External constraints External constraints are imposed by parties outside the agency, but of these constraints may not be negotiable National laws and regulations Deliverables overlapping within the project area (community) Limited numbers of findings Logistics constraints, availability of transportations Currency fluctuations Environmental issues, Government regulations and pressure group activities Climate conditions, rain, heat and humidity Political unrest
Valuate Alternatives and Options The alternative analysis is the process of breaking down a complex product into its component parts before identifying different and effective methods of achieving the desired result’ The process should start with a check list to structure the thought process. This can be achieved through the work breakdown structure. The following check list outlines a number of the basic questions to be asked: Time: can the project be completed quicker? Cost: Can the budget be reduced? Quality: Can the project be made to a lower level of quality which would be acceptable to the clients, Resources: Can the work be cost effectively automated to reduce the manpower requirement? Technical: Can cheaper materials be used? Is there a simpler design configuration? Has the latest technology been considered? Has the trade-off between cost, delivery, schedule and technical performance been quantified? Have alternative management systems been considered? Reference: Burke, Rory (2001). Project Management: Planning & Control Techniques. Chichester: John Wiley & Sons Ltd.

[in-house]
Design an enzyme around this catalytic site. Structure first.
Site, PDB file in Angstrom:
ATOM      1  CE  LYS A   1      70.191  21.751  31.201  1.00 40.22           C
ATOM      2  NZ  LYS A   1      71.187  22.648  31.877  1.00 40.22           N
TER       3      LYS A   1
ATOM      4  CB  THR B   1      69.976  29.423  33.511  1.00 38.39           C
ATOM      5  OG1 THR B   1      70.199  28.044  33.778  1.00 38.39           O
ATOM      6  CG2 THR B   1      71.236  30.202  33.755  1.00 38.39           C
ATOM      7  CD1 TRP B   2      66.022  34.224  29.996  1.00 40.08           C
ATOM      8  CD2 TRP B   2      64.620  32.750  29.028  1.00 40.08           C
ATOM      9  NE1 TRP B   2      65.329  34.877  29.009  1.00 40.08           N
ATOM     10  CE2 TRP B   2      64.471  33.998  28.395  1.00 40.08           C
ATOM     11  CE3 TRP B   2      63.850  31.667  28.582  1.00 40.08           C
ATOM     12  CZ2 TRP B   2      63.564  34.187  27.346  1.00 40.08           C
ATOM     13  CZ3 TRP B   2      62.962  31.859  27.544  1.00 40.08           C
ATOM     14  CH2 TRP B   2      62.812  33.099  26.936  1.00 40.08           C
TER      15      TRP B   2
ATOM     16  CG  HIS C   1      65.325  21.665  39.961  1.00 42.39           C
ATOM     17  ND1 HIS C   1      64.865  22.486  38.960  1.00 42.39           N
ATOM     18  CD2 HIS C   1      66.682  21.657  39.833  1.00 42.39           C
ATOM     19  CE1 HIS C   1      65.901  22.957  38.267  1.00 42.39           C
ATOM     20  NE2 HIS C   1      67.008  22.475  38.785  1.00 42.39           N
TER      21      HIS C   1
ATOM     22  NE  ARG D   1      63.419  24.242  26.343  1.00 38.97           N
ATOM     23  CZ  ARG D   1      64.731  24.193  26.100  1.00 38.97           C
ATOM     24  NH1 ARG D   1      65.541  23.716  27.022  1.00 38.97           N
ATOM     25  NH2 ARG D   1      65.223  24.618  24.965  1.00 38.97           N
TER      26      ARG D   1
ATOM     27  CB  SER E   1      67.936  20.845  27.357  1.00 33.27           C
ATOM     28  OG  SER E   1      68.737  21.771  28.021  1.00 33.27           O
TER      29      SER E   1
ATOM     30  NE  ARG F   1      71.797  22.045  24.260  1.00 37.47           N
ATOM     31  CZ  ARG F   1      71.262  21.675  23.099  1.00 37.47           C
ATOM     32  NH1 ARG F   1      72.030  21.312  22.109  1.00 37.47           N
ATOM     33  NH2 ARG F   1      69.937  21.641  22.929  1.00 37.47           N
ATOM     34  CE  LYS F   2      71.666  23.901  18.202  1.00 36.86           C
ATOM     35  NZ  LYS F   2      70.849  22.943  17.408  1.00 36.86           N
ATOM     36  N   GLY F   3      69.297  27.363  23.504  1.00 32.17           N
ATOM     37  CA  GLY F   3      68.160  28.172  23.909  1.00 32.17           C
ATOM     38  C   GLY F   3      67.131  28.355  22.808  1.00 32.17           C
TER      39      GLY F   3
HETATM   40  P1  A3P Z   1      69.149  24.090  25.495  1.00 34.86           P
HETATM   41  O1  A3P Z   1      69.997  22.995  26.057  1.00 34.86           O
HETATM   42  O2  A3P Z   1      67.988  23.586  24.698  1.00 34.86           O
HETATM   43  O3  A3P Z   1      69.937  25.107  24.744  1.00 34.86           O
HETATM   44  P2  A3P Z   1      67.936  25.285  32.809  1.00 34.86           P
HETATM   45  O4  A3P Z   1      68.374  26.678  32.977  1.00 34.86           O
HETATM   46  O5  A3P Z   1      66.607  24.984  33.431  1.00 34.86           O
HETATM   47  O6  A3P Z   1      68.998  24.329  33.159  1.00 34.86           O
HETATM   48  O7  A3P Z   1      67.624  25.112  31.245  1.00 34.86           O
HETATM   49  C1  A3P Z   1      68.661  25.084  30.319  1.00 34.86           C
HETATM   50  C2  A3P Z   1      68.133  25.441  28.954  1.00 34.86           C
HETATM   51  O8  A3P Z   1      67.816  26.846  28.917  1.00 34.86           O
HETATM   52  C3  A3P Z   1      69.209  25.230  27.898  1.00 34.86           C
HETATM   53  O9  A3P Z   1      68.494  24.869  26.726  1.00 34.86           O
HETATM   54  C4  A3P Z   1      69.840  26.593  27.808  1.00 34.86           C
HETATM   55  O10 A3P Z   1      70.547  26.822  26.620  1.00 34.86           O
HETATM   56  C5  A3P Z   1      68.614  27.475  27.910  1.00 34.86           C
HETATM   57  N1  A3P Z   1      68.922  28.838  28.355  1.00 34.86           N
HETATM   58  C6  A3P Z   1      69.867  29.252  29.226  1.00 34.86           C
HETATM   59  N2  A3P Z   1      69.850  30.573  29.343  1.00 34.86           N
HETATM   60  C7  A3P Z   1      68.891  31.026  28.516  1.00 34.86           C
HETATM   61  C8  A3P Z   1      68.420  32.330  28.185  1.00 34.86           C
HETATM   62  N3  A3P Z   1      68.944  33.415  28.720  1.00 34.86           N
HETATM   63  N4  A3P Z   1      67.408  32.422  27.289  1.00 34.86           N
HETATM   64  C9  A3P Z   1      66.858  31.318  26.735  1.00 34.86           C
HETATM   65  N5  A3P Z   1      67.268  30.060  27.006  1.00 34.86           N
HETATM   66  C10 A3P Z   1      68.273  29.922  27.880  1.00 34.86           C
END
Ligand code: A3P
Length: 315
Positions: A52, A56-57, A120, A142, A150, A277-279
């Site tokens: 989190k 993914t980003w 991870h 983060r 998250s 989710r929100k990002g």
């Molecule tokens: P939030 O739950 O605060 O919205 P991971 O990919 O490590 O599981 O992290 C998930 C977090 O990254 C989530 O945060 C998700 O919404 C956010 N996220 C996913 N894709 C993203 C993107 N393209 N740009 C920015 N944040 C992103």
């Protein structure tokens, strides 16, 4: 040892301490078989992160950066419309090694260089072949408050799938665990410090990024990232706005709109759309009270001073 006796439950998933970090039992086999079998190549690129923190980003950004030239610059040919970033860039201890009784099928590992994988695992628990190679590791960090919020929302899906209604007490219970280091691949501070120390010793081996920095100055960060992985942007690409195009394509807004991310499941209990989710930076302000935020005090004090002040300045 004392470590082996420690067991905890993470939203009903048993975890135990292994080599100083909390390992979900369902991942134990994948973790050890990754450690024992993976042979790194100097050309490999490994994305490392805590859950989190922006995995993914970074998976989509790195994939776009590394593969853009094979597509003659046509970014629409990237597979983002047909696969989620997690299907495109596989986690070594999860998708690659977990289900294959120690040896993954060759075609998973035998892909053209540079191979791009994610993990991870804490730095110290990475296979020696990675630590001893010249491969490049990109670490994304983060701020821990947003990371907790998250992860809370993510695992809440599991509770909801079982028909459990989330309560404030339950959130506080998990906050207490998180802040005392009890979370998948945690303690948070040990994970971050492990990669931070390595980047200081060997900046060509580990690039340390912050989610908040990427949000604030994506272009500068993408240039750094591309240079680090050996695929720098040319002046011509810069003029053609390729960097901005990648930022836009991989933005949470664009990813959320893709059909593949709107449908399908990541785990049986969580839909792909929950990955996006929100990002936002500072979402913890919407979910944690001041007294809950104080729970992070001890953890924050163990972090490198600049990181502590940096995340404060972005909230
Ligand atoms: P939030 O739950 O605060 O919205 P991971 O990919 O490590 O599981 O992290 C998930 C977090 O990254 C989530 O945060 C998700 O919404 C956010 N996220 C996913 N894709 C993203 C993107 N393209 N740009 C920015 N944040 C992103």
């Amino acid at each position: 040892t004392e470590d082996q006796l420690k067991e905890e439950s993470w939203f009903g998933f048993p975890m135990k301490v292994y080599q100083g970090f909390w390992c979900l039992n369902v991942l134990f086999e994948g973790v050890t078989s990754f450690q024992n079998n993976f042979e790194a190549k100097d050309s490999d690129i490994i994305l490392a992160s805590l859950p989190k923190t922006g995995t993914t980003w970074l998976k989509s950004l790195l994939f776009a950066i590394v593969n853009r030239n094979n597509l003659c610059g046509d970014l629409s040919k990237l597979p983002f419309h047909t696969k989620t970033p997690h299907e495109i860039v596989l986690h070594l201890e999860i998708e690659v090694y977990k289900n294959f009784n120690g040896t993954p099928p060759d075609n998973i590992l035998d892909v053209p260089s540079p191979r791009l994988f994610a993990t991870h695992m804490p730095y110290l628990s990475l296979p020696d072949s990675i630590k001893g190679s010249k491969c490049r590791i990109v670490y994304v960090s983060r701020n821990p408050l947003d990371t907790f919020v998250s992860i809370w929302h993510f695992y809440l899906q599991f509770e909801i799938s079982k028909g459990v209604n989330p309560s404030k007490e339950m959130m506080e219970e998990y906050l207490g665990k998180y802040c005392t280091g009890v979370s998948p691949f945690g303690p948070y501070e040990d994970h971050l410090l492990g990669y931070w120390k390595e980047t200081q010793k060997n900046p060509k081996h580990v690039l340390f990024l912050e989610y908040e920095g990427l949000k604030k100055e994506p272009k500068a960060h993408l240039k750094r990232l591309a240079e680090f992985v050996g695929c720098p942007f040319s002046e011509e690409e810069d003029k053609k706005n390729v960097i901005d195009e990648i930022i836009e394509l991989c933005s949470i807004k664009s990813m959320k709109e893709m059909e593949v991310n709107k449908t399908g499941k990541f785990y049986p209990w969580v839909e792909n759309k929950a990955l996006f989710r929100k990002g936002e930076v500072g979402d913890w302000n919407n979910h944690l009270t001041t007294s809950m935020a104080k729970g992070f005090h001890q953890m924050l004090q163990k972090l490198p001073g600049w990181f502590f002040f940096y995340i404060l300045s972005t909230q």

Communication Management The communication management is to disseminate information and instructions to the responsible parties Planning documents: Lines of communication List of controlled documents Distribution list Schedule of meeting and agendas Control documents: Transmittals Minutes of meetings Source: Rory Burke (1999). Project Management: Planning and control techniques. Chapter 22. Toronto: Willey.
Technical support Planning documents: Client’s brief Statutory regulations Specifications Designing/mapping of the project Control Documents: Configuration control Impact statements Commissioning Source: Rory Burke (1999). Project Management: Planning and control techniques. Chapter 22. Toronto: Willey.